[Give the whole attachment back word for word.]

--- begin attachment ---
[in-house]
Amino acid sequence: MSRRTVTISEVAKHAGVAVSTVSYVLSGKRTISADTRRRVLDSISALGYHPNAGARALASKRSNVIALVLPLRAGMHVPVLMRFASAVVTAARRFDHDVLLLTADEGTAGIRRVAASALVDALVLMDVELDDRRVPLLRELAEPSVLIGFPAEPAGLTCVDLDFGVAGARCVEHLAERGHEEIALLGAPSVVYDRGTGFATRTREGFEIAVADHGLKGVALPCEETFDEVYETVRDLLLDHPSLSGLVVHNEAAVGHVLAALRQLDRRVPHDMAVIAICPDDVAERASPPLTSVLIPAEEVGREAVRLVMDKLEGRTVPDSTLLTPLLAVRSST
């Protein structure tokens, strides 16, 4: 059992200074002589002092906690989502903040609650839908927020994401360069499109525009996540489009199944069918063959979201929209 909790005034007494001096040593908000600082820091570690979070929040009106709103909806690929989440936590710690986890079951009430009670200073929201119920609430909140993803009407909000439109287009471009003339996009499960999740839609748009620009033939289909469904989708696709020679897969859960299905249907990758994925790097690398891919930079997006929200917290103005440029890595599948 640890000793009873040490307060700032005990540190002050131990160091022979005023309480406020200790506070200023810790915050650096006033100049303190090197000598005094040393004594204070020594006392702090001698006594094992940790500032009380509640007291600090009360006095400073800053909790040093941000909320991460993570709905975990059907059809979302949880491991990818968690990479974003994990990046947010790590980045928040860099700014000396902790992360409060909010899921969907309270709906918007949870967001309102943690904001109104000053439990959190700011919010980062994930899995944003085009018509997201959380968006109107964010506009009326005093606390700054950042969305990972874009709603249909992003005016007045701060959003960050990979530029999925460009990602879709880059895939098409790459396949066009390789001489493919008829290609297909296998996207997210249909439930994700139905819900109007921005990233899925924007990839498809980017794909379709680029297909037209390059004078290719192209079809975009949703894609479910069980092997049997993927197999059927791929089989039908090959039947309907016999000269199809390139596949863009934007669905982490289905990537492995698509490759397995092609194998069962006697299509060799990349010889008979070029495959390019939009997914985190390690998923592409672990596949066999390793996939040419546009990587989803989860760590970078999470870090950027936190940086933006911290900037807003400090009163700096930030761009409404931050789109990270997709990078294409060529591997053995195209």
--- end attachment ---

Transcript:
[in-house]
Amino acid sequence: MSRRTVTISEVAKHAGVAVSTVSYVLSGKRTISADTRRRVLDSISALGYHPNAGARALASKRSNVIALVLPLRAGMHVPVLMRFASAVVTAARRFDHDVLLLTADEGTAGIRRVAASALVDALVLMDVELDDRRVPLLRELAEPSVLIGFPAEPAGLTCVDLDFGVAGARCVEHLAERGHEEIALLGAPSVVYDRGTGFATRTREGFEIAVADHGLKGVALPCEETFDEVYETVRDLLLDHPSLSGLVVHNEAAVGHVLAALRQLDRRVPHDMAVIAICPDDVAERASPPLTSVLIPAEEVGREAVRLVMDKLEGRTVPDSTLLTPLLAVRSST
């Protein structure tokens, strides 16, 4: 059992200074002589002092906690989502903040609650839908927020994401360069499109525009996540489009199944069918063959979201929209 909790005034007494001096040593908000600082820091570690979070929040009106709103909806690929989440936590710690986890079951009430009670200073929201119920609430909140993803009407909000439109287009471009003339996009499960999740839609748009620009033939289909469904989708696709020679897969859960299905249907990758994925790097690398891919930079997006929200917290103005440029890595599948 640890000793009873040490307060700032005990540190002050131990160091022979005023309480406020200790506070200023810790915050650096006033100049303190090197000598005094040393004594204070020594006392702090001698006594094992940790500032009380509640007291600090009360006095400073800053909790040093941000909320991460993570709905975990059907059809979302949880491991990818968690990479974003994990990046947010790590980045928040860099700014000396902790992360409060909010899921969907309270709906918007949870967001309102943690904001109104000053439990959190700011919010980062994930899995944003085009018509997201959380968006109107964010506009009326005093606390700054950042969305990972874009709603249909992003005016007045701060959003960050990979530029999925460009990602879709880059895939098409790459396949066009390789001489493919008829290609297909296998996207997210249909439930994700139905819900109007921005990233899925924007990839498809980017794909379709680029297909037209390059004078290719192209079809975009949703894609479910069980092997049997993927197999059927791929089989039908090959039947309907016999000269199809390139596949863009934007669905982490289905990537492995698509490759397995092609194998069962006697299509060799990349010889008979070029495959390019939009997914985190390690998923592409672990596949066999390793996939040419546009990587989803989860760590970078999470870090950027936190940086933006911290900037807003400090009163700096930030761009409404931050789109990270997709990078294409060529591997053995195209």